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In this paper I hope to discuss the ways in which television and the media has negatively played a part in the cognitive development in children.

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The Effects of Television Watching on Children's Cognitive Development In this paper I hope to discuss the ways in which television and the media has negatively played a part in the cognitive development in children. In our society, the media is now a raging force in how we get our information. Television sets are now a fixture in most homes. Because of this, children are more and more being exposed to the media and television entertainment as a whole. This paper seeks to uncover whether or not television has indeed effected the cognitive development in children. It will also explain if these effects have been negative. This paper will also look at the types of media that has most affected the cognitive development in children. This paper will use 3 major sources in order to best explain and describe the effects of television watching on cognitive development. The article, Relations of television viewing and reading, is a longitudinal study that investigates the cognitive changes in reading and learning skills in children over a 4 year period. The study looks at some of the negative aspects of entertainment television watching on children's cognitive development. Another source that will be introduced in this paper is the article, Video comprehensibility and attention in very young children, in which children are tested for their comprehension and attention after television watching. Finally, the article, Media use vs. work and play in middle childhood, discusses the aspects of the media as a whole, and how it impedes on sleep patterns and amount of sleep in children of middle childhood. ...read more.


This guideline by the AAP was set in light of empirical evidence that TV exposure at an early age can negatively impact young children. Though educational programming seems safe for infants and toddlers, very little research has been done to prove this (Pempek, Kirkorian, Richards, Anderson, Lund & Stevens, 2010). In a recent article, researchers conducted a study to test the very effects of early exposure of small children to television. The study wanted to decipher whether or not educational television programs was even at all beneficial to children under a certain age, due to lack of comprehension abilities. Anderson and Pempek (2005) had hypothesized that children learn better in real life situations rather than media experiences (Pempek, Kirkorian, Richards, Anderson, Lund & Stevens, 2010). This may merely mean that infant's comprehensibility to video at that age is non-existent (Pempek, Kirkorian, Richards, Anderson, Lund & Stevens, 2010). These researchers set out to discover whether children of infancy and toddler age are able to comprehend and learn from educational videos. Because they were not able to test the actual comprehensibility of the material watched, they measured comprehensibility to the amount of attention an infant paid to an educational video(Pempek, Kirkorian, Richards, Anderson, Lund & Stevens, 2010). In an earlier study, they found that children at 30 months were more able to pay attention longer to a Sesame Street video than their younger counterparts. This was due to the fact that cognitive development and language are beginning to develop at this age (Pempek, Kirkorian, Richards, Anderson, Lund & Stevens, 2010). ...read more.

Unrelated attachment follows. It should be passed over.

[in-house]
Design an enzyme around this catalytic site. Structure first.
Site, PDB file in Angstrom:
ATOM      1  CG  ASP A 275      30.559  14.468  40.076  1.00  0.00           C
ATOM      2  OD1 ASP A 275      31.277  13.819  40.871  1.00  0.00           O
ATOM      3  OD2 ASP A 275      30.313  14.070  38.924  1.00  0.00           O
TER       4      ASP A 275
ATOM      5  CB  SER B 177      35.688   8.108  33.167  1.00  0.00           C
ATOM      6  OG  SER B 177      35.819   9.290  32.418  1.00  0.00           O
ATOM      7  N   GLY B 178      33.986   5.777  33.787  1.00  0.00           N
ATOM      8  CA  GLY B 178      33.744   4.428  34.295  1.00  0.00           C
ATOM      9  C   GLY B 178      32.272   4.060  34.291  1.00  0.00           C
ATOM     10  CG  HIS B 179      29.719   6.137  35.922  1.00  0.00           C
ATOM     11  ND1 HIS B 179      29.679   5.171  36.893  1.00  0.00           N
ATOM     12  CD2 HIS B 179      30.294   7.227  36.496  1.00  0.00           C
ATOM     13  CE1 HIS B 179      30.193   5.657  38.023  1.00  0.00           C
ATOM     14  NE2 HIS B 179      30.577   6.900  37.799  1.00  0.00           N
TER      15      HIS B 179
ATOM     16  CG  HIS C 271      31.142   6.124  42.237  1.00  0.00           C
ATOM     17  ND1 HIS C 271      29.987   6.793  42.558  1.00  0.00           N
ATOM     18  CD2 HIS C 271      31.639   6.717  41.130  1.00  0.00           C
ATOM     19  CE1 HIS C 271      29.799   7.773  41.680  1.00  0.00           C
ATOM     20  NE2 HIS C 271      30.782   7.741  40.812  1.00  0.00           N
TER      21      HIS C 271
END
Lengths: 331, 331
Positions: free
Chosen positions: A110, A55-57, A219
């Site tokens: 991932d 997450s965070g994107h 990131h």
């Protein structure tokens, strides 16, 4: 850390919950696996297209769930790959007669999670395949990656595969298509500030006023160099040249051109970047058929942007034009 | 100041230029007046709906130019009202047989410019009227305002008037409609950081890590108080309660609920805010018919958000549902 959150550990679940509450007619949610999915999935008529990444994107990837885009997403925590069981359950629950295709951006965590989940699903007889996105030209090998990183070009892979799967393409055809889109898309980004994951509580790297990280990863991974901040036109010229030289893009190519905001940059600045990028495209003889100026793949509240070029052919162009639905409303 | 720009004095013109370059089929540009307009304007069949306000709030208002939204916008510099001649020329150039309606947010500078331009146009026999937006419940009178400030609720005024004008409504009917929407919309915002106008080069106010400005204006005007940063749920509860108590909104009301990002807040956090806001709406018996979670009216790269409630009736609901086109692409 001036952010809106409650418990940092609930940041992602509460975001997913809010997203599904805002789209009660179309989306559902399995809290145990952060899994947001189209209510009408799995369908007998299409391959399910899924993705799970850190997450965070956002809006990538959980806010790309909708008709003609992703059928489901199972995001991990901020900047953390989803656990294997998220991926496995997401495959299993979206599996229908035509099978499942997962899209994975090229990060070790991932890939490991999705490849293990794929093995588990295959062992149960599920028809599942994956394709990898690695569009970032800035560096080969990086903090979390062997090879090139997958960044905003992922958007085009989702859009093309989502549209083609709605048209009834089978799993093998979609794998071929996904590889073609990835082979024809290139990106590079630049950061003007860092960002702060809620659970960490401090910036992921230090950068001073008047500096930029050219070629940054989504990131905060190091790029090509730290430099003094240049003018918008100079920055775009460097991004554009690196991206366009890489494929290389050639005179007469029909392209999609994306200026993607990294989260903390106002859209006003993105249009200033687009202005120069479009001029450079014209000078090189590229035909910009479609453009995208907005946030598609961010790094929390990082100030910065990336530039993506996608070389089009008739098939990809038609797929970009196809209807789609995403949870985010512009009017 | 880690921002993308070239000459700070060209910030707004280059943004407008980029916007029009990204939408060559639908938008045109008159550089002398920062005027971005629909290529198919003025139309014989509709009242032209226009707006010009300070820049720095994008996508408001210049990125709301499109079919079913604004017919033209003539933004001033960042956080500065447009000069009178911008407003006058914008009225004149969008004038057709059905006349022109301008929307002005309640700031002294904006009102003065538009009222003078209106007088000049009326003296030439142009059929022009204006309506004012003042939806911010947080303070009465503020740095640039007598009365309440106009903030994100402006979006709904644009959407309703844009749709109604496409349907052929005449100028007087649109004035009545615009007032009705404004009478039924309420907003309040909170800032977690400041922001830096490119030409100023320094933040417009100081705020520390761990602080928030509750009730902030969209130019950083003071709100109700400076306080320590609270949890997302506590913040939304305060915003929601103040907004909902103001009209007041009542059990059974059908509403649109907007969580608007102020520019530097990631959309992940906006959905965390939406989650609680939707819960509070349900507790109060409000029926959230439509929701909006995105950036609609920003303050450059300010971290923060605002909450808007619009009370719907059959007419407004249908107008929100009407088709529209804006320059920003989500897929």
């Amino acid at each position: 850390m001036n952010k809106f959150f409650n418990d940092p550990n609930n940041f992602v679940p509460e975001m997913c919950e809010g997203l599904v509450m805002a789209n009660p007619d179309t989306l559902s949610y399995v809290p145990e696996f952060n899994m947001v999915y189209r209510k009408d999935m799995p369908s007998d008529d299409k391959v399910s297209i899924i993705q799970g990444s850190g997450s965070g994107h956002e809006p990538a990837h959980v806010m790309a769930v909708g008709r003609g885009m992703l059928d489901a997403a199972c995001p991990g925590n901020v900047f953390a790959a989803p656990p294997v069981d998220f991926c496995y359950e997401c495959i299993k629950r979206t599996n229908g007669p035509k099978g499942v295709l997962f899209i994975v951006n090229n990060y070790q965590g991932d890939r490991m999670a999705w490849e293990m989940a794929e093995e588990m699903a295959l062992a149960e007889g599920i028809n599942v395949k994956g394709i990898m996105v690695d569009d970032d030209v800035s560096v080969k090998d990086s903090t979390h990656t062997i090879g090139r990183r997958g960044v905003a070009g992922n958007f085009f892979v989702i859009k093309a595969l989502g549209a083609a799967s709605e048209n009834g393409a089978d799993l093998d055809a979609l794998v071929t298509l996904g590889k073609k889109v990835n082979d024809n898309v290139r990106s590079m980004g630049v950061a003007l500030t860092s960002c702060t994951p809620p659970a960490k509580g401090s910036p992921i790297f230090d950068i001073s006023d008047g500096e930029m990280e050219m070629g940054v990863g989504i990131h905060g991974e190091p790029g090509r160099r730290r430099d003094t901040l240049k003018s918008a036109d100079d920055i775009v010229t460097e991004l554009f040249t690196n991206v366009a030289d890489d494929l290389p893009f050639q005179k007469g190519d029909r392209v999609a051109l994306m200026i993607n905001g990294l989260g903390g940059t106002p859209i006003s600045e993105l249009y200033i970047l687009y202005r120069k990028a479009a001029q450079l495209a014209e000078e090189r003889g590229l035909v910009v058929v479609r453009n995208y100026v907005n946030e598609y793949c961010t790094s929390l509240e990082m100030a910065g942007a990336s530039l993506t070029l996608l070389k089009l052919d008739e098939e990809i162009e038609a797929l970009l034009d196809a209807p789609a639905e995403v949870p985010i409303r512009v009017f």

Just an additional hour spent on videogames as well as television watching in a week, could limit the amount of outdoor activities by 25 minutes (Hofferth, 2009). Also, just 1hr spent a week on the computer by itself, was enough to lessen sleep by 9 minutes. The displacement hypothesis explains easily why sleep is a particular target for loss of time, because it represents such a seemingly large amount of available time (Hofferth, 2009). Because of this, media takes a chunk out of sleep, which is essential in life. In conclusion, media, though can be beneficial in certain areas, can indeed be harmful to the cognitive development of children. Learning, reading, memory, sleep etc, are all detrimental to the growth and well-being of children. Media such as television watching, videogame playing and computer use to name a few have altered some of the processes necessary for children's cognitive growth. Children's learning and reading abilities can directly be altered by the displacement of reading by television watching. We have also learned that children at a certain age, though parents encourage them to watch, are not yet cognitively ready to comprehend the so-called educational, infant programs on television. It has been noted by the American that children learn much more from real life situations(Pempek, Kirkorian, Richards, Anderson, Lund, & Stevens,2010).The displacement hypothesis was even able to explain how children are missing out on essential sleep and play due to television, video games and computer usage. Studies such as these are essential to helping us understand the importance of declining the media usage by children. It is imperative to their overall growth and cognitive development. ...read more.

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